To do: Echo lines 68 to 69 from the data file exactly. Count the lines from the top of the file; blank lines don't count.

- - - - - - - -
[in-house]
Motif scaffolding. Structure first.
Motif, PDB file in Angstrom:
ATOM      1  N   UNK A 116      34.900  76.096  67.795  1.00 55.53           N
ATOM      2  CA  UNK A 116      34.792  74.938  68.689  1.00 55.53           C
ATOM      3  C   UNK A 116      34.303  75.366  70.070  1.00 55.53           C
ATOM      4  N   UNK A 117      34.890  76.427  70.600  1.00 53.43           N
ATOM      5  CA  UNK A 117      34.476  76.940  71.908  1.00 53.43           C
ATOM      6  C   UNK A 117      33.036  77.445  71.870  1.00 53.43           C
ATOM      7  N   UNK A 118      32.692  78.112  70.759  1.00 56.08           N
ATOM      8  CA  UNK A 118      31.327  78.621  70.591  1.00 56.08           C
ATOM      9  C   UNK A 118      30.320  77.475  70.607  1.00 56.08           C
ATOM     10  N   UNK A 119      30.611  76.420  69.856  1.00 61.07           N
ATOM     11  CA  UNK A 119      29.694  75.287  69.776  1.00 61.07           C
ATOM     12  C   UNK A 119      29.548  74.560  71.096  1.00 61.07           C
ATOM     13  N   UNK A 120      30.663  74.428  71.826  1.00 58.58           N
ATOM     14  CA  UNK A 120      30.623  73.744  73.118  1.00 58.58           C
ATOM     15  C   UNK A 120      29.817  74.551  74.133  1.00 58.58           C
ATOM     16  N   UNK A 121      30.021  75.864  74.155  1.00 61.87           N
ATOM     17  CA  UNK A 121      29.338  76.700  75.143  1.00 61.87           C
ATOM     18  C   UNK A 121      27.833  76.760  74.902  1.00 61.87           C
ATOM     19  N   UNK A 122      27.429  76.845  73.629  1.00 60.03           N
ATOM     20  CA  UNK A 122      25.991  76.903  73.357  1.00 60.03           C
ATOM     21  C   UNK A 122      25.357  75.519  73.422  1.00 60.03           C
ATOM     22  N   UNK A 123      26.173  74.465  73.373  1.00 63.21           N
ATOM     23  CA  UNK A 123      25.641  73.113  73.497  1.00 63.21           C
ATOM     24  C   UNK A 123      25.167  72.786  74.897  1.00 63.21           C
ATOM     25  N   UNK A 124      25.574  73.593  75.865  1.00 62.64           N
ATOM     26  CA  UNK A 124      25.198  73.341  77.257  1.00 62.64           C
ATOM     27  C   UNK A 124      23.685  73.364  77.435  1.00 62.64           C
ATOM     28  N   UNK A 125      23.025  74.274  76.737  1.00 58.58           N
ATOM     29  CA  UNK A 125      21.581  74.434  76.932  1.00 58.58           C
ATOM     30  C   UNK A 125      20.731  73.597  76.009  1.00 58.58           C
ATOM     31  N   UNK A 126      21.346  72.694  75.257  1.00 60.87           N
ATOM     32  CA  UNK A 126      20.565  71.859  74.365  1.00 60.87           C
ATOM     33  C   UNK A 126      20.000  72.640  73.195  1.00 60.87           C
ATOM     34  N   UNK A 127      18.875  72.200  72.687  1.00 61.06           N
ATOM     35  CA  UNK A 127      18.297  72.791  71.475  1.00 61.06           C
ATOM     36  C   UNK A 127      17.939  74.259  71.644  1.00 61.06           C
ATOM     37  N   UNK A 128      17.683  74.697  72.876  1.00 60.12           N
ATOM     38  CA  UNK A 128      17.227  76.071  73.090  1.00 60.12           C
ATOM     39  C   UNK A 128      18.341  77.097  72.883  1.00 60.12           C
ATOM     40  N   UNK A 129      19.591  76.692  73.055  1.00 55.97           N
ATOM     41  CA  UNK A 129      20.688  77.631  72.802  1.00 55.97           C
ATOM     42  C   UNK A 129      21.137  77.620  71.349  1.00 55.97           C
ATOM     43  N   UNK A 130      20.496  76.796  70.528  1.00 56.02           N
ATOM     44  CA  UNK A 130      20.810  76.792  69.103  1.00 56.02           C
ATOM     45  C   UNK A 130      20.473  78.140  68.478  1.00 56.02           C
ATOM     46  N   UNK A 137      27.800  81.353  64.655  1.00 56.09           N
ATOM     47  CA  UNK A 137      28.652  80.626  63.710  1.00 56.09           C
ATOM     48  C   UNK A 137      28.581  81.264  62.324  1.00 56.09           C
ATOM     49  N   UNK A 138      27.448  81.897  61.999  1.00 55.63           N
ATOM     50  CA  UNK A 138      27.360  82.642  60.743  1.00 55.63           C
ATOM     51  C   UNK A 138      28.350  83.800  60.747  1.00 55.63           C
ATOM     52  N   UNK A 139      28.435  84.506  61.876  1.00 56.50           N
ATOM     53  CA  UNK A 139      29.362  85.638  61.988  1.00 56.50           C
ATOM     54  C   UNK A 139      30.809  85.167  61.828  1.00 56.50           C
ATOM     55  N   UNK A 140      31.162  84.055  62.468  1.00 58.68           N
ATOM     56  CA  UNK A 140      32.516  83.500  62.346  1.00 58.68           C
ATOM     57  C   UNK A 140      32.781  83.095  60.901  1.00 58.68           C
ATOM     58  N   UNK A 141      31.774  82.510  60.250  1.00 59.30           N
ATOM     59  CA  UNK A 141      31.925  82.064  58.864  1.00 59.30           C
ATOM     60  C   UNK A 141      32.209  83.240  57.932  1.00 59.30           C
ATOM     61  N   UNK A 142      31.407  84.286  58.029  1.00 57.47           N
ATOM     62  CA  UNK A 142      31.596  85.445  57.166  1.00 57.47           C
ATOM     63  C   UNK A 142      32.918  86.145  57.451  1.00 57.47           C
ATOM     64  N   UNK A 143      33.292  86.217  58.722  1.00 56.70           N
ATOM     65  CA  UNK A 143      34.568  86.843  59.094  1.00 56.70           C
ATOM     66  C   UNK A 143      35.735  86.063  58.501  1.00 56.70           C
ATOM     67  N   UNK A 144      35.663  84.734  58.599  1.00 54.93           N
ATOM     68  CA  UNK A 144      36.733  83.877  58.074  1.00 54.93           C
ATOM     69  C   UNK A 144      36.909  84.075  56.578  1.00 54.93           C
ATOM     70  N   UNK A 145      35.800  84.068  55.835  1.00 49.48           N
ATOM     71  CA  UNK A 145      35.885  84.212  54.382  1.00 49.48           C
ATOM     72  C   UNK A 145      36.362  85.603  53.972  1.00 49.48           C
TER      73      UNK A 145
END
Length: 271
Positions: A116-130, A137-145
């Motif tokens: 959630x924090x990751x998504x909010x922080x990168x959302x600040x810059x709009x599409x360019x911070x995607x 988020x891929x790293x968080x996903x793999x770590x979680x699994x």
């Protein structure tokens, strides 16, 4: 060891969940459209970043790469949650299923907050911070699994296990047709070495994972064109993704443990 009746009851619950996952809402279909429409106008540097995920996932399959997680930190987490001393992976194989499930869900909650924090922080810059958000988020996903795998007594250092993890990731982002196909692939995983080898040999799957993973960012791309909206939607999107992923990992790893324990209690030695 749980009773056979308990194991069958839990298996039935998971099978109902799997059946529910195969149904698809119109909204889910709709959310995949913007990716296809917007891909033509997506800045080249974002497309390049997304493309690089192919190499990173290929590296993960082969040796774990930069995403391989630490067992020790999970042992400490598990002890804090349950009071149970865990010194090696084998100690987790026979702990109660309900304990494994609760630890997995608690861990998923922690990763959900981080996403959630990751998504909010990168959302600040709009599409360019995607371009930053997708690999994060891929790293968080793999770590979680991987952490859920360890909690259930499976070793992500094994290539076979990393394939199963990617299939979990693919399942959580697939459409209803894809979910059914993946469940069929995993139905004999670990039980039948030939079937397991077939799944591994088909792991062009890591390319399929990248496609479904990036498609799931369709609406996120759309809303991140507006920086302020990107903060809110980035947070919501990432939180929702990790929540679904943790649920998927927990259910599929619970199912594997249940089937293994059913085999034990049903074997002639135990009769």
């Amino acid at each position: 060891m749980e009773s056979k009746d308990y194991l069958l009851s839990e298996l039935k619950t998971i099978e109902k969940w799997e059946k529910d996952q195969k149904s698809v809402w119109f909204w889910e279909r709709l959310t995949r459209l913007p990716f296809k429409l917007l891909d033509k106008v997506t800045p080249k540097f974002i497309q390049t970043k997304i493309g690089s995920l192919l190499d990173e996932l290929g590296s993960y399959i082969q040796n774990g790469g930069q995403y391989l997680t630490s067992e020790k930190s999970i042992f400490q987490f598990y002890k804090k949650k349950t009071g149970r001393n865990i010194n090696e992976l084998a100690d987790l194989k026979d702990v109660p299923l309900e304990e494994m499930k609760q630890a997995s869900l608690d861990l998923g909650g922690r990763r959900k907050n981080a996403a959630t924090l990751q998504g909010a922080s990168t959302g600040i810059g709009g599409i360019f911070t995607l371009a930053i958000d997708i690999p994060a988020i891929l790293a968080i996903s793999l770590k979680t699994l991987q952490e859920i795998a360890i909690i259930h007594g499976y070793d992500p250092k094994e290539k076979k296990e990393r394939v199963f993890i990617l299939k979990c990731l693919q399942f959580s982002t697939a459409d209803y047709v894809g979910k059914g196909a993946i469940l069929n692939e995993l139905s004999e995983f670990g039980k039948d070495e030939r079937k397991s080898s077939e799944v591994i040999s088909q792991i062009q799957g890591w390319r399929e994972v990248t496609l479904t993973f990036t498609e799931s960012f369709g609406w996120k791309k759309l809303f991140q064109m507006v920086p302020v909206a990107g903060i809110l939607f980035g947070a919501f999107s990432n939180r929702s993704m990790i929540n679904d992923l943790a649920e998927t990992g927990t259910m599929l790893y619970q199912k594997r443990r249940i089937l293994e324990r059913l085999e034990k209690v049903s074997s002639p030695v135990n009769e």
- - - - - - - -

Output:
ATOM     65  CA  UNK A 143      34.568  86.843  59.094  1.00 56.70           C
ATOM     66  C   UNK A 143      35.735  86.063  58.501  1.00 56.70           C